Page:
Hennepin, Ramsey, Anoka and Dakota Counties have voted to raise their sales tax starting in July. Carver and Scott counties rejected the idea.
Washington County is saving the closest vote for last. The board is meeting right now, and the final vote is all but guaranteed to be 3-2. The only question is which side gets the three.
Everything seems to be resting there on Commissioner Dick Stafford, who wasn't sure, even after the board met twice for so-called workshop meetings.
"I made up a T-square and I put plusses on one side and minuses on the other. At the end of two workshops, my plusses and minuses were darn near equal," said Stafford.
"What's the dilemma is I understand the people who are against it; I understand the people who are supporting it. It's not a comfortable spot but I'll tell ya, I'm not a coward."
For Stafford, this will easily be his most important vote... He has been on the board only a few weeks and was not even elected; he was appointed to the post after the last commissioner died.
Stafford's vote will cap two weeks of voting by the seven metro county boards who all had to decide whether to raise sales taxes a quarter percent to pay for mass transit, an issue that has generated a number of emails and phone calls to commissioners in every county.
Last week, Ramsey and Anoka said yes, Carver said no. Today, Hennepin and Dakota said yes, Scott said no.
And the arguments today on both sides of the issue were similiar to those made last week.
"It is a tough economy out there and I think this is really bad timing to try to do this, as much as people have worked for this," said Hennepin Commissioner Penny Steele, who voted no.
"The traffic has grown so appreciably in my district, on Interstate 35," said Dakota Commissioner Michael Turner, who voted yes. We have to find alternative ways for people to get across the river and get to their jobs and get to where they're going."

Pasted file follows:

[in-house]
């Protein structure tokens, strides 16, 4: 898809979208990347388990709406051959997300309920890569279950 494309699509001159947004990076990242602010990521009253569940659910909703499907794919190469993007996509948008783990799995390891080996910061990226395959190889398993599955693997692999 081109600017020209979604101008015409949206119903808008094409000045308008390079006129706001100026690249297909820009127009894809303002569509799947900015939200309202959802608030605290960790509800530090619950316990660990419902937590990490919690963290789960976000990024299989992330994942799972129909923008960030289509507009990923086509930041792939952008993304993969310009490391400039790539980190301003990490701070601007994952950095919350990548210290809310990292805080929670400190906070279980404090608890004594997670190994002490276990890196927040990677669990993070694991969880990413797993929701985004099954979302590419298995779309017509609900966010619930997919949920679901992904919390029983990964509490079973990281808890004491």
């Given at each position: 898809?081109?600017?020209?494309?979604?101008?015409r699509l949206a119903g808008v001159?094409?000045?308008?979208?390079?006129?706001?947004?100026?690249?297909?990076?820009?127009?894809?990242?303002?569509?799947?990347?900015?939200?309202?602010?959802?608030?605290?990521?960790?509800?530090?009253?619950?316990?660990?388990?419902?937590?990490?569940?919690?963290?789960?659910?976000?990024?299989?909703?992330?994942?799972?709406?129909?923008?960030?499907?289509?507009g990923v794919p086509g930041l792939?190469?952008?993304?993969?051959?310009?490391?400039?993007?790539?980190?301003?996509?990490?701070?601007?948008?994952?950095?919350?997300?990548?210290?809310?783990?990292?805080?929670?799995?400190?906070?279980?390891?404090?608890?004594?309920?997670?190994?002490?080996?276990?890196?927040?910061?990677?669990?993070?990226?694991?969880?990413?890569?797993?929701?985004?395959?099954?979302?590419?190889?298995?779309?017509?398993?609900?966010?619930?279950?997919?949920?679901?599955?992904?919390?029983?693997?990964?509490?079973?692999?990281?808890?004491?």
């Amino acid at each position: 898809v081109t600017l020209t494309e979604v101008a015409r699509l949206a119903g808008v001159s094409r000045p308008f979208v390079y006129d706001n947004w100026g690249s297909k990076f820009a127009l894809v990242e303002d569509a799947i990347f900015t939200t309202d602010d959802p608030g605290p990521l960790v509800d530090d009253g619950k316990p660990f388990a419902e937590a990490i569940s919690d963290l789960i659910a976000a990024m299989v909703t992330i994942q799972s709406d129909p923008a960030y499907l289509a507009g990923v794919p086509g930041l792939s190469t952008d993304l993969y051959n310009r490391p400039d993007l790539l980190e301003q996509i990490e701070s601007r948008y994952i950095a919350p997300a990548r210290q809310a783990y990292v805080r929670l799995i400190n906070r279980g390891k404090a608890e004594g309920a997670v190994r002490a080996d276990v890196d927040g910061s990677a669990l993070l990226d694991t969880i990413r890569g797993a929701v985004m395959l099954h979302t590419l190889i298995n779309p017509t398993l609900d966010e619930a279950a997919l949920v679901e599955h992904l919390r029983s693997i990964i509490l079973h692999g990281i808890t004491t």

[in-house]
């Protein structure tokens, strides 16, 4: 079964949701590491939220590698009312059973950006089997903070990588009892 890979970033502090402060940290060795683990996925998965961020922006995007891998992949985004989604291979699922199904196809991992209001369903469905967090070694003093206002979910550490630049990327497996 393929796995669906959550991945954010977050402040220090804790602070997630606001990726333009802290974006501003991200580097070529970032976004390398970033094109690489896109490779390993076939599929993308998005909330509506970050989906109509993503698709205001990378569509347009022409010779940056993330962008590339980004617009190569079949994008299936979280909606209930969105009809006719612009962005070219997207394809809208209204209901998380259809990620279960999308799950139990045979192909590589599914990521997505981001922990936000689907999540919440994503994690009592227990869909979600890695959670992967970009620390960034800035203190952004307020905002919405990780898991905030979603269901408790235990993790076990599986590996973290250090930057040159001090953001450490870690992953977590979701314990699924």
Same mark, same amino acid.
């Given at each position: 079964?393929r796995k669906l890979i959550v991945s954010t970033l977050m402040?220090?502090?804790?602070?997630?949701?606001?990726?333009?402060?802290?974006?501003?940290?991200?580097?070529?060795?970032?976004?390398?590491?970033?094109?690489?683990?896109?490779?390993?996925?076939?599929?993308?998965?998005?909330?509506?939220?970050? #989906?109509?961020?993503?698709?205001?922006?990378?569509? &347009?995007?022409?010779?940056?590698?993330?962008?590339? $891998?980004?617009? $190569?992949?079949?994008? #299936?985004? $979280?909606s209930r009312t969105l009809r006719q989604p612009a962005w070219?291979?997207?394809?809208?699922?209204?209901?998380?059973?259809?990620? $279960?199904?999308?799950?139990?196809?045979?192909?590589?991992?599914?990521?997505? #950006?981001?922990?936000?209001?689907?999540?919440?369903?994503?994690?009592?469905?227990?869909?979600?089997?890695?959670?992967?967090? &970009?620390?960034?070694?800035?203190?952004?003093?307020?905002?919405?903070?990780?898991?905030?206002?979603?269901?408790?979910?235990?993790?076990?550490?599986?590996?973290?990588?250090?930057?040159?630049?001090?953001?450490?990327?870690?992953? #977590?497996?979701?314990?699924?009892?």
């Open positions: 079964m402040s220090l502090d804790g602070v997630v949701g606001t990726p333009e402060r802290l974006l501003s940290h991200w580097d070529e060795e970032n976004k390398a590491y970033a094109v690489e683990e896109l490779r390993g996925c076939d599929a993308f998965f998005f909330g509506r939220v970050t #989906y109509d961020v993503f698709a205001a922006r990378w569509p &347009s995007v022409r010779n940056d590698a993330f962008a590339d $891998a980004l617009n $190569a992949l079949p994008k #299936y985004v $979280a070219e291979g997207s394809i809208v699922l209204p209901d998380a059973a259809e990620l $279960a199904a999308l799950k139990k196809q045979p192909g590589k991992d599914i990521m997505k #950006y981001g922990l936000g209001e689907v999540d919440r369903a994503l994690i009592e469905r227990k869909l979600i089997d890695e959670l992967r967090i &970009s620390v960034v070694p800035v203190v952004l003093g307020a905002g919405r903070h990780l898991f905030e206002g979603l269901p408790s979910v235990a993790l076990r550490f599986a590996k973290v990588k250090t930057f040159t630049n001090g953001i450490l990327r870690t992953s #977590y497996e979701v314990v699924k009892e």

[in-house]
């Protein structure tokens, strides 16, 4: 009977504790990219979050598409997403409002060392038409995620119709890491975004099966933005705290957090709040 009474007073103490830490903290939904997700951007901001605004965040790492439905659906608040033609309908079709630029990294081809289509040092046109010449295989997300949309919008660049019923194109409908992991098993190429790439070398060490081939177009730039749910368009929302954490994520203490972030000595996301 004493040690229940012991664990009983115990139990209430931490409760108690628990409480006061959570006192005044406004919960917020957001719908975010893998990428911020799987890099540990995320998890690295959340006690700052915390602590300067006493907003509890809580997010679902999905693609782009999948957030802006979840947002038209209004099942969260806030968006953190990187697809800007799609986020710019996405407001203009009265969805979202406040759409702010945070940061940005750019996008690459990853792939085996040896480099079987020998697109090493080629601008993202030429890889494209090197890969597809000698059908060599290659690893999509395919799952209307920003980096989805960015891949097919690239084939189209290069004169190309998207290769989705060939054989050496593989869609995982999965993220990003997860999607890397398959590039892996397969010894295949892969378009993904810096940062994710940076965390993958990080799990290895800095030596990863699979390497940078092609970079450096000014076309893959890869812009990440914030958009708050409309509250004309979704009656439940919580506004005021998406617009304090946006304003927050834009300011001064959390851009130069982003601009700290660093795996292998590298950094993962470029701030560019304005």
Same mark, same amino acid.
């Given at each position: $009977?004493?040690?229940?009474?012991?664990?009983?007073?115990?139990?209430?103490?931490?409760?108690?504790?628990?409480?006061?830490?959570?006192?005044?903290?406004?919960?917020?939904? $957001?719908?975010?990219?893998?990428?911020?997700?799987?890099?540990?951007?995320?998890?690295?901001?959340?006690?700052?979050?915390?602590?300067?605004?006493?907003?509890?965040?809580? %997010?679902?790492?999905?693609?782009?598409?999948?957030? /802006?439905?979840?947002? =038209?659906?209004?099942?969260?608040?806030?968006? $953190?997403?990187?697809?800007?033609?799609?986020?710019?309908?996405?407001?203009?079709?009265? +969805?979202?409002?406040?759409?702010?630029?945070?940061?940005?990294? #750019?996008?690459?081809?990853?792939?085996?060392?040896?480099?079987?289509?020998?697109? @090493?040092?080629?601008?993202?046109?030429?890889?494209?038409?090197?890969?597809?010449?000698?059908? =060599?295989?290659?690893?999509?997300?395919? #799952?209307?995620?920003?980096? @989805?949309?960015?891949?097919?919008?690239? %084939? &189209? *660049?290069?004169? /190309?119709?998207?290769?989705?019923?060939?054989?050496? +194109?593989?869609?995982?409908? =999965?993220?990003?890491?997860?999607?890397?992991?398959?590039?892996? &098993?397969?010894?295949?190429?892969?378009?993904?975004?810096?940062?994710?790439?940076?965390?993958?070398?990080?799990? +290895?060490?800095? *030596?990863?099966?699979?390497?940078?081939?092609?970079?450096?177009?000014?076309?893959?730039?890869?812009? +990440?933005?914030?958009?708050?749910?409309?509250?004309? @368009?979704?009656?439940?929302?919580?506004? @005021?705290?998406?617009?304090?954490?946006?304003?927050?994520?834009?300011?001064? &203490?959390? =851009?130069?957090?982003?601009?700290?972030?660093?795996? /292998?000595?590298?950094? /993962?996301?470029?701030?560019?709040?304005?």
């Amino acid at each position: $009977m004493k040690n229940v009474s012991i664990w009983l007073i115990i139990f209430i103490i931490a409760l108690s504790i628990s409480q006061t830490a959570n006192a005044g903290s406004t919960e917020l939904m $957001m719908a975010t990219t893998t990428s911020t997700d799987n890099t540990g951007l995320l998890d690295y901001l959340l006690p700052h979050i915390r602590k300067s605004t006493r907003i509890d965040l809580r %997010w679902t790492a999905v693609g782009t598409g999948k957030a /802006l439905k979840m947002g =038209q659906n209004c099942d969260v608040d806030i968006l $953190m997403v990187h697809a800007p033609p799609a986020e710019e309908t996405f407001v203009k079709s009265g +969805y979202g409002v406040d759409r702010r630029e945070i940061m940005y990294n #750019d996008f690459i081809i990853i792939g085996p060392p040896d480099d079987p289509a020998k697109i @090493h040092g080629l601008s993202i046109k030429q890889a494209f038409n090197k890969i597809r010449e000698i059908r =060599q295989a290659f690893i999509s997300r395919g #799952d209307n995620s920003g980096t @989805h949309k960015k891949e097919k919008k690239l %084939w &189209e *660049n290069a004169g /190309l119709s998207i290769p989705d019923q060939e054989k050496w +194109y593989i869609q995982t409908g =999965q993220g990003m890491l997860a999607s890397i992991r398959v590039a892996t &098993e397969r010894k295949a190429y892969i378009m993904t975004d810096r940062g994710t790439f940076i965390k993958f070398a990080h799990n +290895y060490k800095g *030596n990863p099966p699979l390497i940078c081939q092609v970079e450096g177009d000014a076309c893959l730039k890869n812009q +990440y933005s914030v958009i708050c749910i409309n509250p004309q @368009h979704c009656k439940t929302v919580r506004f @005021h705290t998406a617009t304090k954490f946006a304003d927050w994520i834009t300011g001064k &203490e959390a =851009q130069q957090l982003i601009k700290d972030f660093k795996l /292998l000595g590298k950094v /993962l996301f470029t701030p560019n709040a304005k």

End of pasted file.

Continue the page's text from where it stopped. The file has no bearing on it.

"This really does start a new level of government and we've already got a number of bodies with taxing authority that could take care of this issue, and now we're going to add another one to it," said Scott County Commissioner Bob Vogel, whose board unanimously rejected the tax.
Vogel was so personally opposed to the sales tax, he got the board to take out a line in this morning's resolution that said Scott County might re-consider the vote in the future.
For the four, maybe five, counties that raise the tax, that money will now go into one pot and a new board will be created to decide how to spend the money.
That board will include commissioners from participating counties, but their votes will be weighted, depending on a county's population and how much tax money is generated.
In other words, Hennepin and Ramsey County will have more say in what gets funded. That was a concern raised by some commissioners in smaller counties, where they feared not getting back as much money as they put in.
And that's likely to be a point being debated right now, in fact, in Washington County.
Commissioners are including a chance for public comment at tonight's meeting, and at least two commissioners say they expect a big crowd and a late vote.